The manual features tutorials aimed at creating high-quality wavetables from the output of other soft synths. However you choose to do it, your creations (or favourites from the factory tables) can be exported for use externally. Initially the supported formats were 8-bit (aimed at certain hardware modulars, eg. Wiard) or 32-bit WAV. Cheekily, I requested another option and was quietly stunned to see an update posted on Xfer’s forum soon afterwards. Serum now includes 16-bit WAV export too, which by happy coincidence is perfect to feed the PCM oscillators of my Roland V-Synth. My blagging wasn’t entirely selfish because plenty of other instruments can benefit from exotic digital waveforms too.
Remaining within Serum, there’s a huge number of ways that waveforms can be manipulated. This powerful magic is stored in the lengthy Warp menu. Warp’s modes and parameters are unique to each oscillator and the results can sound like a mega-sophisticated tone control one moment, a psychedelic waveform twister, wrapper and bender the next. The less adventurous may prefer to start with a familiar process such as PWM, but even this isn’t fixated on squarewaves — it’ll squeeze anything you throw at it. At the other end of the adventure spectrum, user-customisable ‘wave remaps’ are probably the pinnacle of advanced waveform squishing. Whatever Warp mode you choose, each is a great candidate for modulation, from sources located a few pixels away.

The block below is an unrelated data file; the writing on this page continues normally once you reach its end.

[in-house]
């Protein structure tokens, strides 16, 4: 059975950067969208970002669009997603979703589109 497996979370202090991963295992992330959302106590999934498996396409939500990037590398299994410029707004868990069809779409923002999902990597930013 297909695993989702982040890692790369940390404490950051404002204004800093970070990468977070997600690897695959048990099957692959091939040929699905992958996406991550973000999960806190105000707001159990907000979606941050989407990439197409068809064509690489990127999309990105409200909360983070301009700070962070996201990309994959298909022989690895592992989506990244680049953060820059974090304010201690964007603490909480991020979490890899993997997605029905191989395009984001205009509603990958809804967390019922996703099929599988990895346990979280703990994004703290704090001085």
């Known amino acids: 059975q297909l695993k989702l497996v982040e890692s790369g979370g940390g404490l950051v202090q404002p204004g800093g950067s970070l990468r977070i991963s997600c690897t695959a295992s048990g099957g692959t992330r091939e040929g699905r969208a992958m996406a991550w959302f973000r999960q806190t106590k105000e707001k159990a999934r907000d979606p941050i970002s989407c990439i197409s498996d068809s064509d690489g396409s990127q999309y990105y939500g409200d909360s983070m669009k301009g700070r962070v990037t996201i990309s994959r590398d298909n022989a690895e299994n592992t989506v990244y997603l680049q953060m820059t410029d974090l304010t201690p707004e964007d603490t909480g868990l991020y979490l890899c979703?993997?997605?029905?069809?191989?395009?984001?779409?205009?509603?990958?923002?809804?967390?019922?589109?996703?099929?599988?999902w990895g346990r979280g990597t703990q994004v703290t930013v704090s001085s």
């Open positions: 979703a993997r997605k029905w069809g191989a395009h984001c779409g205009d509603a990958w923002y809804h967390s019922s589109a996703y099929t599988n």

Continuing to cherry-pick through the Warp menu, there are various types of sweet, clean-sounding sync and a quantise option that turns everything decidedly nasty and rate-reduced. After that it’s extremes all the way, courtesy of AM, FM and RM (Ring Mod). All these modes force the otherwise pristine oscillators beyond their usual comfort zone.
With wide-spread waveform mashing taking place, the best way to grasp the effect of each Warp mode is to switch to the 2D view. With a single click, the scrolling wavetable becomes an invaluable real-time waveform display.
Last but not least, voices may be stacked in a powerful unison mode. The extra voices can be detuned for extra lushness, but the freakiest stuff comes with the introduction of Warp or wavetable position offsets. This makes each unison voice unique, although with a corresponding CPU cost.